I really have nothing thoughtful to add to the Harrow the Ninth discourse. I tried to start it immediately after I finished Gideon, but it was difficult for my already over-stressed brain to focus on so I abandoned it. But I always intended to return. A couple of weeks ago a friend encouraged me to pick it up again saying, “there’s a scene that will blow your mind.” Adam was correct, there was a scene that blew my mind and I haven’t stopped thinking about it.
When I picked Harrow up again, I chose to start where I left off rather than go back to the beginning. At some point I will have to re-listen to the books because I missed a lot of detail. I understand why a lot of people didn’t like Harrow, but having soldiered through to the end, I also understand why people love it. I gave up on understanding and just went with vibes.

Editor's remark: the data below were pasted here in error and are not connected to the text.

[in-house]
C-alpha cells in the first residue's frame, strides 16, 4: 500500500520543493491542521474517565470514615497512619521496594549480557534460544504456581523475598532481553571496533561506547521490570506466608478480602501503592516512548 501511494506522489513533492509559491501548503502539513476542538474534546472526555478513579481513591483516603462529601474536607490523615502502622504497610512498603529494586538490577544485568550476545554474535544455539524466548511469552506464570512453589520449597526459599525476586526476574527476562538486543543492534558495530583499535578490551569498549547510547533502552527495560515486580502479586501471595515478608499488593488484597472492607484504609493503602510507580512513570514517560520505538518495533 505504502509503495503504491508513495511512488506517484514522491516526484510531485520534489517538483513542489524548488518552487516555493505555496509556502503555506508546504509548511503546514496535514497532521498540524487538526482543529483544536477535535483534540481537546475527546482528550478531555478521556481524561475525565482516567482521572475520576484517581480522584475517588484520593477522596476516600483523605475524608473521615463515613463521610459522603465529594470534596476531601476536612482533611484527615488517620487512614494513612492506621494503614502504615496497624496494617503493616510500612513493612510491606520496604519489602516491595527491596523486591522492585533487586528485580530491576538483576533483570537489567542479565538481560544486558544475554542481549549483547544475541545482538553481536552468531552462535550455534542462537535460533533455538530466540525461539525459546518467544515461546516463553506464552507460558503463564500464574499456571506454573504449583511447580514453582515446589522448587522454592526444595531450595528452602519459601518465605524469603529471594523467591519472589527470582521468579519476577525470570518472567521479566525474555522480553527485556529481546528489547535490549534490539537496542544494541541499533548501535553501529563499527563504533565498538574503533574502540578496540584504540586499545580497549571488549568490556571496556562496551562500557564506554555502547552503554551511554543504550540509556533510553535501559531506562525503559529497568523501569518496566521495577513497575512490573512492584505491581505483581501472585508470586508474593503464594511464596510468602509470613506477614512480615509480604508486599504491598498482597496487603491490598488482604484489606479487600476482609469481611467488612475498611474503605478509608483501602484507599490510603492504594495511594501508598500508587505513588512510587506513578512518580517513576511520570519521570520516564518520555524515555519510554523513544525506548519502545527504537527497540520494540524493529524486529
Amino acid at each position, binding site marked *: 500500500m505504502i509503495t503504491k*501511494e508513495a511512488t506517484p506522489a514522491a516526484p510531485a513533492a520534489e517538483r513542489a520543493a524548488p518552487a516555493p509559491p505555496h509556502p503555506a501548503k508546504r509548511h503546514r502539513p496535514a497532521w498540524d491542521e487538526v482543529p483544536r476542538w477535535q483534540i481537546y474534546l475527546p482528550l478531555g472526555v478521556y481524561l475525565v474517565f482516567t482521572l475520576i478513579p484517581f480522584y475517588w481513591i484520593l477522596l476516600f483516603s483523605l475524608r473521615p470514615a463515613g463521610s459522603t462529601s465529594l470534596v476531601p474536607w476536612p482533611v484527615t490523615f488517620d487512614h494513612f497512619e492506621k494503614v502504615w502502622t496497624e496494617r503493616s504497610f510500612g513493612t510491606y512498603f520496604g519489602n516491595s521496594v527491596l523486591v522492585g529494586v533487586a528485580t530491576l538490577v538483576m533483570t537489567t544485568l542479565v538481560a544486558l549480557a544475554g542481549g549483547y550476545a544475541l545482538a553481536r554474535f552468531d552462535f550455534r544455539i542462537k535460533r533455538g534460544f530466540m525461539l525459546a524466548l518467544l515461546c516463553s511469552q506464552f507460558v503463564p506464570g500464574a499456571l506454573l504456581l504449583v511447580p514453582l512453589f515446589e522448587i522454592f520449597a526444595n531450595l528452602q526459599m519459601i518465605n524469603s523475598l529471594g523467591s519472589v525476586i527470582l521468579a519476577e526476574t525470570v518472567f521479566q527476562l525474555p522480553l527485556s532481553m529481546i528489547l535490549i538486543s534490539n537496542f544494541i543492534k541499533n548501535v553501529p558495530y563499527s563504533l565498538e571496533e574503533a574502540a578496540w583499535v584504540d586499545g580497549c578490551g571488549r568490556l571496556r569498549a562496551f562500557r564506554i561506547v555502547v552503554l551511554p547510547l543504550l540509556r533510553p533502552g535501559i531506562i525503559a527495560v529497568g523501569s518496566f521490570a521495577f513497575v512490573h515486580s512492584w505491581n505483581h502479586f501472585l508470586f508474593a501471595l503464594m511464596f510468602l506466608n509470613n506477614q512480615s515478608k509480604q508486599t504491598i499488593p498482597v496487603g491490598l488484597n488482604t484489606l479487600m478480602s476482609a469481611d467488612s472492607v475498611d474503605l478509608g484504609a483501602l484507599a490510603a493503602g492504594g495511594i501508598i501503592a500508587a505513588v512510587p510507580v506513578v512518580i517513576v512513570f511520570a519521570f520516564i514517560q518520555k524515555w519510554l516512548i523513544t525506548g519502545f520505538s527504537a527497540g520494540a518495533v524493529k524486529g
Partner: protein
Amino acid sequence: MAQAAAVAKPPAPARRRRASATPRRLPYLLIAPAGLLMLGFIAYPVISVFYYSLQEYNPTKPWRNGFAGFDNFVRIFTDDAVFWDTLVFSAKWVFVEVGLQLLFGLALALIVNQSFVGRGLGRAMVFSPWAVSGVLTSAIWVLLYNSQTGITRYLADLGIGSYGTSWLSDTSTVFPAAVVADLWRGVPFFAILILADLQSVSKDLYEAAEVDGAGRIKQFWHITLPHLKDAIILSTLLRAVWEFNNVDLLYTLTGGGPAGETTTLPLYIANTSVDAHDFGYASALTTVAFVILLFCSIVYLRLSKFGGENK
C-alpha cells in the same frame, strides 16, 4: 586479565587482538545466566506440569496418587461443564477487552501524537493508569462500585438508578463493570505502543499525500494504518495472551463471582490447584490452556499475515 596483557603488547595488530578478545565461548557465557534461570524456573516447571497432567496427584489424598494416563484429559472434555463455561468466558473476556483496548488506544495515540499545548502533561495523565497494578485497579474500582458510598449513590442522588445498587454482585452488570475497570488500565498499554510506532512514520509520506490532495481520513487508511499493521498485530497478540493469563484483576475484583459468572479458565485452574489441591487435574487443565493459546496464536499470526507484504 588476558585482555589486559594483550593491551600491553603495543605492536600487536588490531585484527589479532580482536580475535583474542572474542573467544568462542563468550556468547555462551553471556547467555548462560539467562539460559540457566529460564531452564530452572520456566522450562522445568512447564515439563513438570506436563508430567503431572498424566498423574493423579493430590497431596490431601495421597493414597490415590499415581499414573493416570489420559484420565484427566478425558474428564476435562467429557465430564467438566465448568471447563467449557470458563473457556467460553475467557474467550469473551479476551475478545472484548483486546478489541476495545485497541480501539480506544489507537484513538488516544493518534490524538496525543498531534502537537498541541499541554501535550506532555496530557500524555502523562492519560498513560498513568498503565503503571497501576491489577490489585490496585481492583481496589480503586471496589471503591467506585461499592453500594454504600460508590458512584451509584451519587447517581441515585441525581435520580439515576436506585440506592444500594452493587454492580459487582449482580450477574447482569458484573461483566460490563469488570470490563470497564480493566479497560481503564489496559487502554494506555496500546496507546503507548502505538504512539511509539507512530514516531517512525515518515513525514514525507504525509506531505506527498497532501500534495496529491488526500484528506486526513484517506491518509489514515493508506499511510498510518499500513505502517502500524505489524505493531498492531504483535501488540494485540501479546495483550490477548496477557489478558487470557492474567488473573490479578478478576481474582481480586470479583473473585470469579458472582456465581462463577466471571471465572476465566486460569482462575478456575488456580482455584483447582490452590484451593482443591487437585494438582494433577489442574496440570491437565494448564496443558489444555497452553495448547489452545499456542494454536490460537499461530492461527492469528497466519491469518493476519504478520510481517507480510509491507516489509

Here’s what I understood as spoiler free as possible. Harrow broke herself to not absorb Gideon’s soul when she became a Lyctor. She erased memories of Gideon from her brain and is replaying her time at Canaan House with Ortus as her cavalier rather than Gideon. Meanwhile Harrow and Ianthe are the new baby Lyctors and are being trained (sort of?) by John Gaius, the Emperor Undying, Mercymorn, the Saint of Joy (ha!), and Augustine, the Saint of Patience. While Ortus, the Saint of Duty, is trying to kill Harrow. There is The Body who appears only to Harrow, and the body of Cytherea the First. John tells Harrow to get a hobby, so she takes up cooking, which seems unlikely for Harrow.
As soon as Harrow took up a cooking, the plot also started to cook. Basically, this book is a soup with either the best or worst dad joke ever. The first two thirds of the book are prepping the ingredients and layering the flavors. And like soup, it’s going to be better the next day when I reread it and see how the ingredients work together.
Image from alizabug